There is a relative simple cycle that enables one to enjoy the fruit of your studies about what are legumes directly from the garden.
In spring after the danger of frost is over, find out about peas and growing green beans; they are a wonderful source of the fruit legumes.
It is astonishing how long just a few pole beans will go on bearing, and providing the family with a vegetable source of protein.
In early summer, it is time to figure out growing lima beans; they need a long time to mature and patience is needed. Roll on the suffering succotash; you will also need to know about cooking lima beans. Answering the question what are legumes need not be so difficult.
Succotash recipe combines the goodness of one of our favourite legumes, the lima with mealie kernels; really just corn and beans.
In late summer, and in spring for that matter, it is all about how to plant the broad beans, also known as favas.
Well before winter we need to know about how to grow peas to get them established before the cold sets in.
So, there you have it, from the garden you can enjoy legumes for most of the year. Add to them the lentils and chickpeas, and we have little need for red meat; by 2050 our burgeoning population will simply be forced to eat this way. We do it willingly, simply to enjoy greater well-being; we have no desire to get tumours or have a stroke. It is an important step too if you want to enjoy your meals without a pillbox on the table.
Can you now answer the question, what are legumes? I hope so. Eat them, they are good for you, and for the environment.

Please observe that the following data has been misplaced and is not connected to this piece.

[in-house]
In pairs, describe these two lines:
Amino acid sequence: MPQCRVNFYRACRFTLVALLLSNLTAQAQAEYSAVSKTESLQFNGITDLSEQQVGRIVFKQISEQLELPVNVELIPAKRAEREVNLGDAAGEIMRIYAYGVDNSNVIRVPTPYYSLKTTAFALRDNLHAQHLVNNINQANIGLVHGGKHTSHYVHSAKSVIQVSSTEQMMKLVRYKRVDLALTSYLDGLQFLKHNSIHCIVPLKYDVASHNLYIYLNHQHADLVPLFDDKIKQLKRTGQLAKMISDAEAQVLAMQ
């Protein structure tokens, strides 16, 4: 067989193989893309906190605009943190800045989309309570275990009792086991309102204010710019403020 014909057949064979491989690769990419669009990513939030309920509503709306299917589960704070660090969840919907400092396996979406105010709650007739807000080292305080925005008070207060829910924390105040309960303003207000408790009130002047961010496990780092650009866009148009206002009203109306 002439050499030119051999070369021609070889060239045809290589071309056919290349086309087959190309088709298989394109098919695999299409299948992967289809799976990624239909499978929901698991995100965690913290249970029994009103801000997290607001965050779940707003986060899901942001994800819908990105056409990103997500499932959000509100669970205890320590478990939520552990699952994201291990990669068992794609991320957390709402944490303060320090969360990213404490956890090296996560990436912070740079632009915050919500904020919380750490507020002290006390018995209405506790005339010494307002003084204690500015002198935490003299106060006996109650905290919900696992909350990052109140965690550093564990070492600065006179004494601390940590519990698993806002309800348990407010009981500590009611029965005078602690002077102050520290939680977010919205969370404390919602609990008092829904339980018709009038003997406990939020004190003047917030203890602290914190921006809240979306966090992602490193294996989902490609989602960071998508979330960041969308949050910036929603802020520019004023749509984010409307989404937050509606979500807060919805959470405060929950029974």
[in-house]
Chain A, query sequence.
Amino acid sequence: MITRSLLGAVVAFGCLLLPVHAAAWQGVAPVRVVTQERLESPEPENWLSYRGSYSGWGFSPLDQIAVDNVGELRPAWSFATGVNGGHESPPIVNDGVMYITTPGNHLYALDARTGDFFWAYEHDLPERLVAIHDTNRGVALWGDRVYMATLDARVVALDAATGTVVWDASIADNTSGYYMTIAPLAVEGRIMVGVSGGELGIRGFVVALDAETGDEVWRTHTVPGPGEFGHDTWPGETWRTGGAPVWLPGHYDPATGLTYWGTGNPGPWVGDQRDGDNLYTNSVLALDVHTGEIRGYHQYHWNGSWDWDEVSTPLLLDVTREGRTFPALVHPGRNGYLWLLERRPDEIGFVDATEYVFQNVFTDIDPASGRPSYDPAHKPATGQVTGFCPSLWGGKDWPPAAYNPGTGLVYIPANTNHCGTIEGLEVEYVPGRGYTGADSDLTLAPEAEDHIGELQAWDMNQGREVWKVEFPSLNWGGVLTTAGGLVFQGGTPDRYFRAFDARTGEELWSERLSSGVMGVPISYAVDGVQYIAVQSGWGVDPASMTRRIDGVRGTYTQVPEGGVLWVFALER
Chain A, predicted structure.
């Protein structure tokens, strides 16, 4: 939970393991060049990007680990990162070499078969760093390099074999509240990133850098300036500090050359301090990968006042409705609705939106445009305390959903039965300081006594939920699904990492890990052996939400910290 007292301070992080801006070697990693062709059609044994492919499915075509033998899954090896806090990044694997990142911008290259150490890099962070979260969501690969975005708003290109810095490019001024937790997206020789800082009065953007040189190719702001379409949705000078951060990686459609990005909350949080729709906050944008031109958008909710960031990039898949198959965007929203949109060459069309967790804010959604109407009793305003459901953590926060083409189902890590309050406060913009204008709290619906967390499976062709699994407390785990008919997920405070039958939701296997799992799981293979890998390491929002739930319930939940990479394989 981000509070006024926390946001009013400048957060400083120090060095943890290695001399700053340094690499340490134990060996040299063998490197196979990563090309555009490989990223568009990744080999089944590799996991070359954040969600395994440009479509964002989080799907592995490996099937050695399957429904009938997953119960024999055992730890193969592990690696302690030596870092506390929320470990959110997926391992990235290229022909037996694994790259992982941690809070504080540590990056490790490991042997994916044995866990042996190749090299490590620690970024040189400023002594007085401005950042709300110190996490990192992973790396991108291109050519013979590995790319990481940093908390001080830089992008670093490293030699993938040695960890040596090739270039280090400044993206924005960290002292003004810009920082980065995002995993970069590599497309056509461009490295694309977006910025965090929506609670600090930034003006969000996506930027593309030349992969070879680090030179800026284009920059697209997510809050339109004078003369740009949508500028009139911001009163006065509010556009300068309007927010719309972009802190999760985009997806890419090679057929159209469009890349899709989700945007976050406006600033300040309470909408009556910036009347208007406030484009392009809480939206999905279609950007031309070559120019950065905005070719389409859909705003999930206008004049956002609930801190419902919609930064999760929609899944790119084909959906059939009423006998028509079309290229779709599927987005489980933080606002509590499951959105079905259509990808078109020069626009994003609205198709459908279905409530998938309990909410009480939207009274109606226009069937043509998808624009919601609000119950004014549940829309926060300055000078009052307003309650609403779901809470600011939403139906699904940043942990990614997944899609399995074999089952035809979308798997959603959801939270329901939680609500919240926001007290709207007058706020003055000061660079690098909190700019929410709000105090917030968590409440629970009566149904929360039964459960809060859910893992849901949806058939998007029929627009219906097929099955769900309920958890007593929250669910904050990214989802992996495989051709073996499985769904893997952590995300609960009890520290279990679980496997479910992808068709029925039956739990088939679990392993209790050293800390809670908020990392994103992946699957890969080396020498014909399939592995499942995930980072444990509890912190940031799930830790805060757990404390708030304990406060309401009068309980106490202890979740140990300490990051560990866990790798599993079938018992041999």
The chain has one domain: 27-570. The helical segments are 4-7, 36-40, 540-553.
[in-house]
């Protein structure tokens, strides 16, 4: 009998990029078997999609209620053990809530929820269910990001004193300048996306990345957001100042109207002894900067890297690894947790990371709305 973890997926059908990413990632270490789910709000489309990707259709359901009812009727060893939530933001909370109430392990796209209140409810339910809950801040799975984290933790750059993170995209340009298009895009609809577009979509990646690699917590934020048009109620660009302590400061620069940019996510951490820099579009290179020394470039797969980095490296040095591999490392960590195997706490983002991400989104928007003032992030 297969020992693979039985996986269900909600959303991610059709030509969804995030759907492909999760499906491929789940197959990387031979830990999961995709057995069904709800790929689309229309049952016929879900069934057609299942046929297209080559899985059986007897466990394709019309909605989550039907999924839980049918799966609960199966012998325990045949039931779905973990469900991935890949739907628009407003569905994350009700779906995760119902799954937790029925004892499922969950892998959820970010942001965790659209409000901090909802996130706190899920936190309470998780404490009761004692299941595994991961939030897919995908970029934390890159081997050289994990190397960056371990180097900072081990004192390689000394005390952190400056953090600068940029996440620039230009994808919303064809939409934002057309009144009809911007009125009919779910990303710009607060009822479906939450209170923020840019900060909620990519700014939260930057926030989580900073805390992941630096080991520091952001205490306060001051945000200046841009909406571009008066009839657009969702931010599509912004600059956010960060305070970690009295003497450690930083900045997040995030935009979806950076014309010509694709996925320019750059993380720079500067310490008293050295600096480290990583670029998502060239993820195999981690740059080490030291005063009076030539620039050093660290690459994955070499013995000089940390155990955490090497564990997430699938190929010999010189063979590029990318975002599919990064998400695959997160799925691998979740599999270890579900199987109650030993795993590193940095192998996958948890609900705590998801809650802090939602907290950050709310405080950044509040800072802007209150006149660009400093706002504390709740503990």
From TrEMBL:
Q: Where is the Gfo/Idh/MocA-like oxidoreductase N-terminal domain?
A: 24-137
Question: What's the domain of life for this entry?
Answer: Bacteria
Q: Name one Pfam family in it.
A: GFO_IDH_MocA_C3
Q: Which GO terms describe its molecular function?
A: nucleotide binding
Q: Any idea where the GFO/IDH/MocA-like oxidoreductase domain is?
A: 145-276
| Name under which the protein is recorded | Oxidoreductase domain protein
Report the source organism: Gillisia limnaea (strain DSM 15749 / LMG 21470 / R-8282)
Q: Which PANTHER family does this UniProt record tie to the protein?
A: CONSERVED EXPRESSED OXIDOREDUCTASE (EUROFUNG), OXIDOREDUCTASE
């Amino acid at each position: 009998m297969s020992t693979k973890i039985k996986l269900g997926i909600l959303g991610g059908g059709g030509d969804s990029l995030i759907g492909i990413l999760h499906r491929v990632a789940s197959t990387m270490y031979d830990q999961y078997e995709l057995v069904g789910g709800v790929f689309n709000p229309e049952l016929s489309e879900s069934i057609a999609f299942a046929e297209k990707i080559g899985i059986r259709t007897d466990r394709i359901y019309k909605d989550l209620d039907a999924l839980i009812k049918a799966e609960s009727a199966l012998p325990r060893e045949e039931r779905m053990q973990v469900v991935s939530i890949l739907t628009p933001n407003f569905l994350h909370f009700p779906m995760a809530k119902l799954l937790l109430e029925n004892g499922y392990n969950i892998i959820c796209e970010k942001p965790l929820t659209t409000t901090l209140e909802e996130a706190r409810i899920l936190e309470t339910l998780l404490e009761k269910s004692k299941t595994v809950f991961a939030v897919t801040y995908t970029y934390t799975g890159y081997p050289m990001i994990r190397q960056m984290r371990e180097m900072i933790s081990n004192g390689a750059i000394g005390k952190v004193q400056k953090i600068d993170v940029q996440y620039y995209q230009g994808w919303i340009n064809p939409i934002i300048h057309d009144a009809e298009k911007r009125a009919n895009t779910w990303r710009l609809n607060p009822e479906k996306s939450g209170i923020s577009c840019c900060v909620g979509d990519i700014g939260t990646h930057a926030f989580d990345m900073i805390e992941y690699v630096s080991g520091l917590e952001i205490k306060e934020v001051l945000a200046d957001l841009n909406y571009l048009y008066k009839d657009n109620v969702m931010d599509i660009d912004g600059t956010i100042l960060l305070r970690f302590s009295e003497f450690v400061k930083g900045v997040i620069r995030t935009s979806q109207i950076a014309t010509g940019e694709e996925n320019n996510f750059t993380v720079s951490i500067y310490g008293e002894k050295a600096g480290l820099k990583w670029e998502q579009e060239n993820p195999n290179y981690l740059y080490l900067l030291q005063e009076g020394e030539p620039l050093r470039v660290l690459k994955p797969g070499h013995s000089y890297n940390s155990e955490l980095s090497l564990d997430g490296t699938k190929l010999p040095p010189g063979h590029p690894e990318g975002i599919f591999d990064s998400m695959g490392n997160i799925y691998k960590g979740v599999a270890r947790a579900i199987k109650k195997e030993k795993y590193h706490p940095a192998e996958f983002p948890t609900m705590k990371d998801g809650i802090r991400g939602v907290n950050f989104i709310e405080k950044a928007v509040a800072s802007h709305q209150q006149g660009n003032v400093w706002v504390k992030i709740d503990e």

This peanut and ginger sauce is another of our legume-rich condiments to brighten up a green salad. Vegetable high in protein means legumes.
What are legumes? It's all about greater wellness; cooked imaginatively they are delicious.
Copy and paste "vegetable high in protein" for example into Site Search for more information.
It is always good to look for new varieties in our search to answer the question what are legumes? Some are in vogue, but there are others that may be rather obscure, but each contributes their own special flavour to the mix.
Apart from the fact they each provide their own particular mix of vegetable protein and phytochemicals, they fruit at different times, giving you a much longer season along with the greater variety.
This year it is the scarlet runner bean. At this stage I really do not know what it tastes like; soon we will be able to report on progress. What are legumes? There are many different ways to get away from red meat that was raised in a pig sty or feedlot, pumped with hormones and antibiotics and fed corn.
That means too much omega-6, which equals pain and inflammation, and a colon devoid of much of its friendly bacteria and yeasts, the second brain.
It is with a heavy heart I say that. I love a good steak, but getting organic-meat is becoming increasingly difficult; and they are certainly one of the causes of water scarcity in the world. Hence our interest in what are legumes.
This lentil with lemon salad makes a great dish; prepare it from start to finish in less than fifteen-minutes.
This very simple lentil potage is a great favourite in our household; we often substitute with green legumes such a scarlet runner beans or favas for variety.
This is the best way to cook lentils; keep them in the fridge for a snack, or a substitute for hummus. There's an added sauce to give it flavour.
What are legumes?